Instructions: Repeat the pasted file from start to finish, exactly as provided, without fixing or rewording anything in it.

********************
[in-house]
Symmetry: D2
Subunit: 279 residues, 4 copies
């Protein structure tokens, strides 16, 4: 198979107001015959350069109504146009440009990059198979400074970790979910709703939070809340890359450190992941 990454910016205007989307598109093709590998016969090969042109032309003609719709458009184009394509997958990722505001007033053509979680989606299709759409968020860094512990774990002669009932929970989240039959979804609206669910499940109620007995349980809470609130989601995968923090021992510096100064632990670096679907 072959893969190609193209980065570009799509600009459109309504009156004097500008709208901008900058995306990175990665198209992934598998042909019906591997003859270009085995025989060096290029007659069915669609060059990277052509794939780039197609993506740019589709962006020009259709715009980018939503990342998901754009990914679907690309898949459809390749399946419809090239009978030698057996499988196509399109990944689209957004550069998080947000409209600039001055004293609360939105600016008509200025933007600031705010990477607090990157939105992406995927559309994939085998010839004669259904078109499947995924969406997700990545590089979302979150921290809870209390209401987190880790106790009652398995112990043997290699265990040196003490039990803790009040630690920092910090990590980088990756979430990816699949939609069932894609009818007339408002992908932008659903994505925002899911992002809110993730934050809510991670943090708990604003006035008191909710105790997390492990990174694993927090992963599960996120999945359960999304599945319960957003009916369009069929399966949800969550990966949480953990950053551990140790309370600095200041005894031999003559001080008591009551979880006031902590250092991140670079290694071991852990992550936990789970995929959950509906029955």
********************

[in-house]
Symmetry: D2
Subunit: 279 residues, 4 copies
């Protein structure tokens, strides 16, 4: 198979107001015959350069109504146009440009990059198979400074970790979910709703939070809340890359450190992941 990454910016205007989307598109093709590998016969090969042109032309003609719709458009184009394509997958990722505001007033053509979680989606299709759409968020860094512990774990002669009932929970989240039959979804609206669910499940109620007995349980809470609130989601995968923090021992510096100064632990670096679907 072959893969190609193209980065570009799509600009459109309504009156004097500008709208901008900058995306990175990665198209992934598998042909019906591997003859270009085995025989060096290029007659069915669609060059990277052509794939780039197609993506740019589709962006020009259709715009980018939503990342998901754009990914679907690309898949459809390749399946419809090239009978030698057996499988196509399109990944689209957004550069998080947000409209600039001055004293609360939105600016008509200025933007600031705010990477607090990157939105992406995927559309994939085998010839004669259904078109499947995924969406997700990545590089979302979150921290809870209390209401987190880790106790009652398995112990043997290699265990040196003490039990803790009040630690920092910090990590980088990756979430990816699949939609069932894609009818007339408002992908932008659903994505925002899911992002809110993730934050809510991670943090708990604003006035008191909710105790997390492990990174694993927090992963599960996120999945359960999304599945319960957003009916369009069929399966949800969550990966949480953990950053551990140790309370600095200041005894031999003559001080008591009551979880006031902590250092991140670079290694071991852990992550936990789970995929959950509906029955």